In the last five years or so, strides have been made to offer obstructive sleep apnea therapy devices that are quiet, smaller and foster patient compliance. One global trend that manufacturers are noticing in the categories of CPAPS, mask and nasal pillows is a move toward smaller devices.
“If it’s going to fit on your bed side table on a night stand you want it to be something that sort of fits the décor of the room as opposed to something that screams out “Hey, this is a medical device,” says Bob Messenger, product manager of sleep products at Invacare in Elyria, Ohio. “That’s one of the chief things that I see as far as trends of all the new devices coming out.”
Take the ResMed S8 line of CPAP flow generators for example; it introduces smaller and more compact devices. Other advancements include adaptive technology in some of ResMed’s bi-level (VPAP) range of devices, which provide ventilatory support systems for the treatment of adult patients with respiratory insufficiency or respiratory failure. ResMed has also developed APAP systems with auto set technology, which automatically adjusts to suit a patient’s pressure needs as they vary through out the night and over time, says Michael Farrell, senior vice president, Sleep Strategic Business Unit, ResMed, Poway, Calif.
“Essentially, we have designed masks and flow generators for every type of sleeper and every type of sleep-related breathing disorder,” Farrell adds.
Dusty Muck, vice president of sales and marketing at Healthcare Dynamics Inc. in Stone Mountain, Ga., agrees that the physical unit size of CPAPS have become smaller and much easier to transport.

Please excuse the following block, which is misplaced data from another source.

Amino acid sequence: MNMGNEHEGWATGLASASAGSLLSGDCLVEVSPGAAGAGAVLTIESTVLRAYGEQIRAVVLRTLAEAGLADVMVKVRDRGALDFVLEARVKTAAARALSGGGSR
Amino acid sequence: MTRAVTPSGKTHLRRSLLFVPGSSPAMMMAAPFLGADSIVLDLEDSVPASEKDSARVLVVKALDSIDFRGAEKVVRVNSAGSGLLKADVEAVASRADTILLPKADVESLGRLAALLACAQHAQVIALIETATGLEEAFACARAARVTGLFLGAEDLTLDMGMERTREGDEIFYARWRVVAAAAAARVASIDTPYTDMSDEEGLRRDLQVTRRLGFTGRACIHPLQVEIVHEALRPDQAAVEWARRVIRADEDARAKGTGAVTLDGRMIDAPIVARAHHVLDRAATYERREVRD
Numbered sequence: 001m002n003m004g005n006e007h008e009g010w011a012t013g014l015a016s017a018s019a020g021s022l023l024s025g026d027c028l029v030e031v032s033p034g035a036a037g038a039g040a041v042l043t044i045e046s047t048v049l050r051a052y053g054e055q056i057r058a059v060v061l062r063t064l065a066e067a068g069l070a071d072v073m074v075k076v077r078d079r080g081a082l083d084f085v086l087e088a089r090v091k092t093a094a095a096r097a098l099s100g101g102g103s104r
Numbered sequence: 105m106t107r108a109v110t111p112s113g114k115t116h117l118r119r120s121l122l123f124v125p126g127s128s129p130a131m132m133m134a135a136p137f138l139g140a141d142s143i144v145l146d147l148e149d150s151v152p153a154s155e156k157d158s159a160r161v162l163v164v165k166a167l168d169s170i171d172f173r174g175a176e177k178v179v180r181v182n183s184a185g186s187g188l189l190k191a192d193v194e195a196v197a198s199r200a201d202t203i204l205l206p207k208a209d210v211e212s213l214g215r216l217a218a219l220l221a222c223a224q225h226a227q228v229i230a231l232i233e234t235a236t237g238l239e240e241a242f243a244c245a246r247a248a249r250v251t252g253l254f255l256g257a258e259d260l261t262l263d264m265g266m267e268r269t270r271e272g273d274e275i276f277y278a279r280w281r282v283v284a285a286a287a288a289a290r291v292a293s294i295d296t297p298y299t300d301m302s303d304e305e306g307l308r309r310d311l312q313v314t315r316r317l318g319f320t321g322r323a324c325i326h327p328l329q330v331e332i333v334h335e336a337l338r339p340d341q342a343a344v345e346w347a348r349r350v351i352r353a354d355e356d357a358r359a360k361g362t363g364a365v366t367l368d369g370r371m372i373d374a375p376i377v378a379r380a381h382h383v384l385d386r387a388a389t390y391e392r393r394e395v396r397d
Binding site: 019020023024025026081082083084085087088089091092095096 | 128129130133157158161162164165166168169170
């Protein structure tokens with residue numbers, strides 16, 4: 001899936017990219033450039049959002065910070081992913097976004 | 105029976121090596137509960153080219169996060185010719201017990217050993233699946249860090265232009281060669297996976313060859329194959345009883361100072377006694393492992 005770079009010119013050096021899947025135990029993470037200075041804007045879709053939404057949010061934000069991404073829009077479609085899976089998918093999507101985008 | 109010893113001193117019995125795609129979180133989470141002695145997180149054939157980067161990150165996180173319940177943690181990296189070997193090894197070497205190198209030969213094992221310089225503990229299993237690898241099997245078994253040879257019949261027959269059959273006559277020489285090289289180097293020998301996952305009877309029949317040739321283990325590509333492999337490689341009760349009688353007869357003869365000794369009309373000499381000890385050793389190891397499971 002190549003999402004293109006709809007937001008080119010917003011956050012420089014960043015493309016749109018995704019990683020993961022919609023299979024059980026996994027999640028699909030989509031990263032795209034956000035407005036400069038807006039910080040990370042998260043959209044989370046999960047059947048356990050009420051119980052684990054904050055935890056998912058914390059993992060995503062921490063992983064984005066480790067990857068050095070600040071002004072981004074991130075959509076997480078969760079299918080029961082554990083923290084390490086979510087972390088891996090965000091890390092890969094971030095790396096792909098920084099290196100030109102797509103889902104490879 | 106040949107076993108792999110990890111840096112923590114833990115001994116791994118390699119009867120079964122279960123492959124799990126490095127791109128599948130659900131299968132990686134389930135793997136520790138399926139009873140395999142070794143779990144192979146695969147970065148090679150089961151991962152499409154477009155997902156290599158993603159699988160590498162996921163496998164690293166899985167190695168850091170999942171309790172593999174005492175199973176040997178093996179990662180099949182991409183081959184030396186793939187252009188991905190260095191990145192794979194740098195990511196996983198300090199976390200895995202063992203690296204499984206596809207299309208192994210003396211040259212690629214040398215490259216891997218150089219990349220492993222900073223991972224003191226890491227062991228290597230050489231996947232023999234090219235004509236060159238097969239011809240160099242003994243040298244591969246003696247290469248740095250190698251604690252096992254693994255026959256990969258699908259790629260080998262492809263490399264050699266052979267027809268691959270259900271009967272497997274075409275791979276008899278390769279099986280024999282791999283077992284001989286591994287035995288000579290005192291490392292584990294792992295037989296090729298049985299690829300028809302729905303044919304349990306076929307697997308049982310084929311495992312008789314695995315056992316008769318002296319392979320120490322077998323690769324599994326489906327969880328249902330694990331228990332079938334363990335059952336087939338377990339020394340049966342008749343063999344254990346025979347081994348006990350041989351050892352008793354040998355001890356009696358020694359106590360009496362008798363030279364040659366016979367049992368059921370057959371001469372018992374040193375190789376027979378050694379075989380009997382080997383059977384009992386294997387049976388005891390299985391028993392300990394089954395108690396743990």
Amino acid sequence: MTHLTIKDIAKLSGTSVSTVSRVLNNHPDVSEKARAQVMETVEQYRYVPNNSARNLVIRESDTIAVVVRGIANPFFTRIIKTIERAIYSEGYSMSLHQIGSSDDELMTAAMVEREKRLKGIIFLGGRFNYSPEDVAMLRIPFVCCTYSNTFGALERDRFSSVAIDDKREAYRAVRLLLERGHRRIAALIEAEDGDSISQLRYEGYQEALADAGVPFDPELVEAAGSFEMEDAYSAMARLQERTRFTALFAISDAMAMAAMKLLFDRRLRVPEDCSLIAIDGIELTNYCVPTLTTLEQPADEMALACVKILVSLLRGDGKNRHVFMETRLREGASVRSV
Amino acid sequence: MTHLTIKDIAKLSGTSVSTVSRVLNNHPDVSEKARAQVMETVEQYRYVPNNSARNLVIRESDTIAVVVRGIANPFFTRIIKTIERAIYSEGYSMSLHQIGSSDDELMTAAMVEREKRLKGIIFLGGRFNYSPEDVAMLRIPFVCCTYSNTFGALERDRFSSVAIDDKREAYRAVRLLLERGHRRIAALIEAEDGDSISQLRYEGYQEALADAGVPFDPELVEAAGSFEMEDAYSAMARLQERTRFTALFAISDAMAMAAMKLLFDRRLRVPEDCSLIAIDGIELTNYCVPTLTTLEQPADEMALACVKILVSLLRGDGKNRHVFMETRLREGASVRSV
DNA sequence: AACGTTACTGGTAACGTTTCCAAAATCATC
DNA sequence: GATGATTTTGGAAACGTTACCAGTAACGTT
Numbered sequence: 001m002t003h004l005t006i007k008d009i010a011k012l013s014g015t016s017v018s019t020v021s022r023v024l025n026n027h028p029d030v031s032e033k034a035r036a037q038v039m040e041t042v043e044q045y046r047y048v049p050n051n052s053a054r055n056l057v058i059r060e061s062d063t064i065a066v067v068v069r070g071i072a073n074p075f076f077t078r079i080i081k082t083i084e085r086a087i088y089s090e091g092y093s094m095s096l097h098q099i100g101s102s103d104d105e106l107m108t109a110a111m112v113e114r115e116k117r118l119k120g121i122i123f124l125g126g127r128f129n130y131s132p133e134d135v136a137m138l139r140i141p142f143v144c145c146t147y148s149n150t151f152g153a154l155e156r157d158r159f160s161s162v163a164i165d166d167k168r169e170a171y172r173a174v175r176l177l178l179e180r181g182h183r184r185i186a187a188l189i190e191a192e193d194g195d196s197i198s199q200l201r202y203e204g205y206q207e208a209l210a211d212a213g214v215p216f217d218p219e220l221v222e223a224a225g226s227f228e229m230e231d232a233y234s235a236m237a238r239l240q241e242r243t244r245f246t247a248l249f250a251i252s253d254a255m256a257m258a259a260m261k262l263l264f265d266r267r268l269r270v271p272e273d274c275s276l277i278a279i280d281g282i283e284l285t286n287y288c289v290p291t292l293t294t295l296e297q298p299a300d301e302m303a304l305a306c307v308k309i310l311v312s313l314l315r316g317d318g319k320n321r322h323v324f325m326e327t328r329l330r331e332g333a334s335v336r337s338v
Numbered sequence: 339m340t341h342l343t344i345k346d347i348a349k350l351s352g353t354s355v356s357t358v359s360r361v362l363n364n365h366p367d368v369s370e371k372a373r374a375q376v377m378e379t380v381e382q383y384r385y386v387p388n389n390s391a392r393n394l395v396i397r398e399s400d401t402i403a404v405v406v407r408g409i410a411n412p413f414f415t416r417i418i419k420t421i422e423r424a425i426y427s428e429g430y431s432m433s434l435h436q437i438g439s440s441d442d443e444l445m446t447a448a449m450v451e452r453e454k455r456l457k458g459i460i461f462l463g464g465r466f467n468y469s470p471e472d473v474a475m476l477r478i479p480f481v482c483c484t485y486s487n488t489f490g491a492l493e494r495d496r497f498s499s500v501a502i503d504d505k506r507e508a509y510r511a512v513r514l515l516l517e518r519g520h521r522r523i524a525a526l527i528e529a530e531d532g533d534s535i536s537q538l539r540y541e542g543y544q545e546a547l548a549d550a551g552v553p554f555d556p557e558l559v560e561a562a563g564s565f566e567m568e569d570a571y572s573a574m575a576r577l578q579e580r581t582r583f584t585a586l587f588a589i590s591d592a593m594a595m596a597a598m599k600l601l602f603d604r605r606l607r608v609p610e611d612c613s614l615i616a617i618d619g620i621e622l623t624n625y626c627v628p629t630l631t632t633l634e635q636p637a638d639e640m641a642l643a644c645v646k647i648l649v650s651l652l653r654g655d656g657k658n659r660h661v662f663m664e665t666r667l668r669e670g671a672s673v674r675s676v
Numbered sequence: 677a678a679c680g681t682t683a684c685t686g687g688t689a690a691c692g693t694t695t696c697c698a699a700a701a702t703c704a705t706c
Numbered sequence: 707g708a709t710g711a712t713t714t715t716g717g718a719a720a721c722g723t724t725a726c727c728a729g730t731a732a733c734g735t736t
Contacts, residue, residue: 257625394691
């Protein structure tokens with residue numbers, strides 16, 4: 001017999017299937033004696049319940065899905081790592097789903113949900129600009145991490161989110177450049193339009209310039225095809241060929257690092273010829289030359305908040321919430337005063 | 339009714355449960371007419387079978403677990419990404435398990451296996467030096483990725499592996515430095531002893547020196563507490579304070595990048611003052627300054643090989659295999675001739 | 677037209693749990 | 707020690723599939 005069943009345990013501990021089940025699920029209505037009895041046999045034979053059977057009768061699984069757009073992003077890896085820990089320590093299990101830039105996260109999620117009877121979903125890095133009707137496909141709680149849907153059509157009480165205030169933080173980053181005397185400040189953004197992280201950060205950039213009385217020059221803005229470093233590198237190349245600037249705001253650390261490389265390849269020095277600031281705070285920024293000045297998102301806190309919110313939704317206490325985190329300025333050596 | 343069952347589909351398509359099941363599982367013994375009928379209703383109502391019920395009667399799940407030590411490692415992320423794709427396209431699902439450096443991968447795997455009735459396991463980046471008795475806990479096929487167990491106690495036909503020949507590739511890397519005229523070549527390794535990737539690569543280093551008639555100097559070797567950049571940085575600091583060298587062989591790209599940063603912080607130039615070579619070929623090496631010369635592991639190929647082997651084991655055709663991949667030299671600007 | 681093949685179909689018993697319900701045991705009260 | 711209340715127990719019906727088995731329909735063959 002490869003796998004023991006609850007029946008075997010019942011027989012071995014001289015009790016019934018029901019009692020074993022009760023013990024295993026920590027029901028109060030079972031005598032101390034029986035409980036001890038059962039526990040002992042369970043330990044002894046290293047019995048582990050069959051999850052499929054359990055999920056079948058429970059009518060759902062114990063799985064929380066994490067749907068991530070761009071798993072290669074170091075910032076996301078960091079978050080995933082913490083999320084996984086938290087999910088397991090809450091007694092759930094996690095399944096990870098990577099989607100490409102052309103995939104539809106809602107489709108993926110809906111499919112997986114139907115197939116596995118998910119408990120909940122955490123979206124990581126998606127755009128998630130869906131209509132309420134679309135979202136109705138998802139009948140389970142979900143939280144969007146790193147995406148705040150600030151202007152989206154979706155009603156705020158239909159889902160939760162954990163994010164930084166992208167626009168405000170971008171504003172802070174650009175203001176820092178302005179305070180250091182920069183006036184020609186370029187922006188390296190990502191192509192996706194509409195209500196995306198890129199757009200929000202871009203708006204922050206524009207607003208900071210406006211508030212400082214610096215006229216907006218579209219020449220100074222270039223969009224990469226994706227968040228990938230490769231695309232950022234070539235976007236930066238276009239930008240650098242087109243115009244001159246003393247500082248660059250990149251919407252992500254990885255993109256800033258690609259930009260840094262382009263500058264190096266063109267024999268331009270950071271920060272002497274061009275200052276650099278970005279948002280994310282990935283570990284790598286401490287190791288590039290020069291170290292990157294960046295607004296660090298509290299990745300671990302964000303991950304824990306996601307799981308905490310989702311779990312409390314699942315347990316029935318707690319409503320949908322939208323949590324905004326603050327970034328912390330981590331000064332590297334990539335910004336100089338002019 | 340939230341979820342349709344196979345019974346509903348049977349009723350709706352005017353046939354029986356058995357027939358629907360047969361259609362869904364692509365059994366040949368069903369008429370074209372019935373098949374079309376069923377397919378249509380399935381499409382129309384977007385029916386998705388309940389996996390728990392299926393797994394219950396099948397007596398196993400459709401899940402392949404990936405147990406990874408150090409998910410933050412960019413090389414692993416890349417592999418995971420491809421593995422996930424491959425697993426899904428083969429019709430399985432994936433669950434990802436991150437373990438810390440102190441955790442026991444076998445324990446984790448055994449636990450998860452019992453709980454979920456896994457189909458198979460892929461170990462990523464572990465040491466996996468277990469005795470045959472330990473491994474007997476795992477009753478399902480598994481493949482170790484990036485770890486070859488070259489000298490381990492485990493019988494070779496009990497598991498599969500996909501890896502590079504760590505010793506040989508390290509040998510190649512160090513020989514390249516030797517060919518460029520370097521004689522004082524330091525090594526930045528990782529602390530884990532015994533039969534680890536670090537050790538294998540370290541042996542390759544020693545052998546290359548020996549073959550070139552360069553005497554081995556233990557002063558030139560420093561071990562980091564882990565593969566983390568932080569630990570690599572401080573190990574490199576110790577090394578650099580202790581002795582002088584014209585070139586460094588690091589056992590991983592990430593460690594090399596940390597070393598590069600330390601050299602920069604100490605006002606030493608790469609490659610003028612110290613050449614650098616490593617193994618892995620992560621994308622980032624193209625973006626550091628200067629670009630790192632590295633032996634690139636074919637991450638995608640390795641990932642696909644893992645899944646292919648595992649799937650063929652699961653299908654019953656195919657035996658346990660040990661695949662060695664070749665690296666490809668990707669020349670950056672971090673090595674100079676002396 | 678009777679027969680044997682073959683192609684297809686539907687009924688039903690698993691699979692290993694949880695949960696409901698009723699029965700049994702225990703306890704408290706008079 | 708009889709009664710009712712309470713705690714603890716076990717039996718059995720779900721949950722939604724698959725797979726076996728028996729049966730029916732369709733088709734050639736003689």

Another trend that Muck has noticed is that CPAP referrals are coming with humidifiers. Therefore, manufacturers have responded integrating humidifiers, as well as to make them smaller, he said.
“It’s pretty globally understood now that humidification is an essential component when it comes to making patients compliant,” Messenger adds.
“I think we and other manufacturers work on the area of humidification because certainly some of the dry mouth factors can lead to congestion problems,” says Gretchen Jezerc, director of U.S. marketing, sleep disordered breathing, Respironics, Murrysville, Pa.
To remedy that problem, one of the solutions Respironic’s offers is the Sleep Easy, a basic CPAP that provides integrated heated humidification at an affordable price. Equally as innovative as the Sleep Easy, is the Comfort Fusion mask, which was designed to bring comfort, seal and mask stability to CPAP users. This mix of comfort and value features two different size cushions, small and medium, which was made to fit 90 percent of faces, according to Respironic’s data.
Respironics has found that many homecare providers contact their patients every six months about replacement parts such as tubing, filters, masks and cushions. As in the case of many payors including Medicare, replacements can be made on some of these items every three months. “So we have a configuration of the product that has the mask as well as two cushions so in one shipment they’re able to send out both cushions and get two to three month periods worth of reimbursements,” Jezerc says.
Another trend in the sleep business, noticed by Messenger is that there’s been a shift away from the fancy and a movement to the basic CPAP or what he refers to as a blower in a box. As a result of competitive bidding and shrinking reimbursement, manufacturers are stripping out some of the more costly bells and whistles to create a basic CPAP unit that is less expensive and still provides therapy to the patient.
“I’m convinced that the bells and whistles are really important for about the first two or three weeks and then after that things like ramping no longer get used and exhalation unloading often gets turned off after this point in time,” Messenger says. “All these things that really add to the cost of a device, they have a practical life for only a few weeks and then they kind of go away.”
To learn the latest about trends and new innovations facing the sleep market, check out the upcoming April 2008 issue of HME Business. Not a subscriber? Click here now to get on the list.